Rather than criticize, we should take a brief moment to appreciate the scale of this unprecedented accomplishment. Millions signed petitions and on the weekend before the talks, hundreds of thousands took to the streets to call for an ambitious deal. People wanted an agreement and world leaders delivered.
The COP21 deal has achieved the goal of setting verifiable commitments to reduce greenhouse gas emissions and it has established rules for how countries monitor and report their emissions and reductions. In short, we have an international agreement that was signed by 196 countries that will limit the global temperature and hold governments to account.
Even before the talks began thousands of companies, cities, regions and investors committed to significant emission reductions. Getting so many to agree is a virtually impossible task. As UN secretary-general Ban Ki-moon said at the outset of the talks, "It will not be easy to get everyone to sign-on and many challenges must be overcome."
Despite these challenges and even a terrorist attack, a deal was forged. Not only did the Paris agreement meet expectations, it exceeded them.
Signal to markets
One of the most important dimensions of this deal is the message that it sends to the private sector. The end of the old energy economy is now in sight and the low carbon economy is here to stay. Businesses will need to prepare for a raft of government regulation and those companies that have already invested in sustainability stand to reap lucrative dividends.
As reported by the Guardian, Jennifer Morgan, of the environmental think tank the World Resources Institute, said the long term goal was "transformational" and "sends signals into the heart of the markets".
The Paris deal will expedite the demise of the fossil fuel industry and invigorate investment in renewable energy. This is a clarion call and both large and small investors will need to review their portfolios. This seismic shift was confirmed by the International Investors Group on Climate Change, a network managing €13 trillion of assets. They said they expect to see movement away from fossil fuels and and towards renewable energy.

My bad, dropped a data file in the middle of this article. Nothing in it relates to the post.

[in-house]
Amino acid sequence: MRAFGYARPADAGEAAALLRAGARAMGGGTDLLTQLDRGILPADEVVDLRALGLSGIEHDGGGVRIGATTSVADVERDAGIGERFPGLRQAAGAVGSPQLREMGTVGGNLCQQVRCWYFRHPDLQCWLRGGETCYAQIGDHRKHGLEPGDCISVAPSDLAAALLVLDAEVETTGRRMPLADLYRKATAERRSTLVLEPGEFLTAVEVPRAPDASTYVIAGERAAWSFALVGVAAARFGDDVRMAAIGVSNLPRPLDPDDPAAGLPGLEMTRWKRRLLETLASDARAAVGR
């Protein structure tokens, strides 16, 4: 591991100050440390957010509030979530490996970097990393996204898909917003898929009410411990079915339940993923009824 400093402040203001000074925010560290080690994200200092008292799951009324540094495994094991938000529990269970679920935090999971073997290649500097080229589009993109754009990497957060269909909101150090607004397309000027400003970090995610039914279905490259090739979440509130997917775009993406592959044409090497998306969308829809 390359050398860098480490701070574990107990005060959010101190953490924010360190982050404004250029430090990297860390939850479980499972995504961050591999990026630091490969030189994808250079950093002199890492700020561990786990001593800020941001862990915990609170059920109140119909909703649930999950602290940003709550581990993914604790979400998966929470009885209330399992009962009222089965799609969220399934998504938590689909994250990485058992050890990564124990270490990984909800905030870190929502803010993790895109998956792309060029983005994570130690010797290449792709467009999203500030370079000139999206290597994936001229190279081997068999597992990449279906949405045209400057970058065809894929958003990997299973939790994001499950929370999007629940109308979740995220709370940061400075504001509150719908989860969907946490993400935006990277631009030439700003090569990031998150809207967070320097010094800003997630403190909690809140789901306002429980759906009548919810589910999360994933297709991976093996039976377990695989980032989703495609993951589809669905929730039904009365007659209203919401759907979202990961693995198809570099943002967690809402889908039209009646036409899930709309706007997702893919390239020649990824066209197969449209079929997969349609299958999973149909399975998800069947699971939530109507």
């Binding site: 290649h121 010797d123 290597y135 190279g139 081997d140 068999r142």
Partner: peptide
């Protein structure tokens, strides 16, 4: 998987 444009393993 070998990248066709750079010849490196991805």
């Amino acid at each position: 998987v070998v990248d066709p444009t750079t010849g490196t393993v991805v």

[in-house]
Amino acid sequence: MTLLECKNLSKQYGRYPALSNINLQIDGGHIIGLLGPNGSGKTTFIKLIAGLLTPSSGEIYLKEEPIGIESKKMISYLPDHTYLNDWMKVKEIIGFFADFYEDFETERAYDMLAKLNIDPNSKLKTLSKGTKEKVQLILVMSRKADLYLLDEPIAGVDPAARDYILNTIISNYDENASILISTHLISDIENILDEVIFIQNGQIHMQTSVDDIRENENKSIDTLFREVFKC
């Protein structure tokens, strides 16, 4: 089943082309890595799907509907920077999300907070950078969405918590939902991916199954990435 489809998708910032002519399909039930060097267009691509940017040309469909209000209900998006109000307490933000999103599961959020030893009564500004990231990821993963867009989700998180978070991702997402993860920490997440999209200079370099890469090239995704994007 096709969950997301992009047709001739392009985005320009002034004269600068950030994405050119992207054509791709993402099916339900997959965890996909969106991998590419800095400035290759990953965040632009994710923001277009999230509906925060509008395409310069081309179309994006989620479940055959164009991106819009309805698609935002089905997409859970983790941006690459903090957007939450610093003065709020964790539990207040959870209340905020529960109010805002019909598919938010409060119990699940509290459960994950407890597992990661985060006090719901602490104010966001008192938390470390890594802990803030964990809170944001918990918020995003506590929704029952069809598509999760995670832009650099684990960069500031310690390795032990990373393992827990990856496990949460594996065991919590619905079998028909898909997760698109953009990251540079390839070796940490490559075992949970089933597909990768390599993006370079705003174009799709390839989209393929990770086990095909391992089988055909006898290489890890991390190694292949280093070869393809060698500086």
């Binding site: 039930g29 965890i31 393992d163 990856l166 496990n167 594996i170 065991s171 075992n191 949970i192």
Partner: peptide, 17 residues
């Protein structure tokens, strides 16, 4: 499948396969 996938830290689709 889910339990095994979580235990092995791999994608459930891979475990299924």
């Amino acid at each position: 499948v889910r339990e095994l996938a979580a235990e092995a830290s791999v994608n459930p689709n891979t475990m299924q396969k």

More cuts to come
The Paris deal is only the beginning. “It’s not the end of the fight over liability, it’s put the polluters on notice and that fight will continue in other fora,” said former US Vice President Al Gore.
The new agreement includes provisions to ratchet up national ambitions over time. “Paris has to be a catalyst. It’s in no way, shape, or form a final chapter.” said Derek Walker, associate vice president of global climate at the Environmental Defense Fund.
As reported by the Guardian, a White House official said, “We can’t go home and say ’we saved the planet, check.’ This issue will continue to be a top priority for the President and the White House coming out of Paris heading into next year and for remaining time that he is in office because there is more work to do.”
After most world leaders left Paris, president Obama stayed behind and worked towards legally binding periodic reviews of each country's emissions reduction targets. As part of the final COP21 deal, nations have committed themselves to reviewing their national emissions reduction pledges every five years. This prompted Miguel Arias Cañete, the EU’s climate commissioner to say that we can build on this historic deal.
This Paris agreement specifically asks governments to periodically strengthen their emissions reduction pledges in order to meet and exceed the goal of keeping temperatures below the 2C upper threshold limit.
The agreement is both a first step and the turning point for our efforts to curtail and ultimately eliminate greenhouse gas emissions.
"This means bringing down greenhouse gas emissions to net zero within a few decades," said John Schellnhuber, director of the Potsdam Institute for Climate Impact Research, and a climate adviser to the Vatican.
The deal should be scrutinized, but let's take a moment to appreciate that we are about to take the first bold steps towards a carbon free future.
Richard Matthews is a consultant, eco-entrepreneur, green investor and author of numerous articles on sustainable positioning, eco-economics and enviro-politics. He is the owner of The Green Market Oracle, a leading sustainable business site and one of the Web’s most comprehensive resources on the business of the environment. Find The Green Market on Facebook and follow The Green Market’s twitter feed.
Image credit: COP Paris, courtesy flickr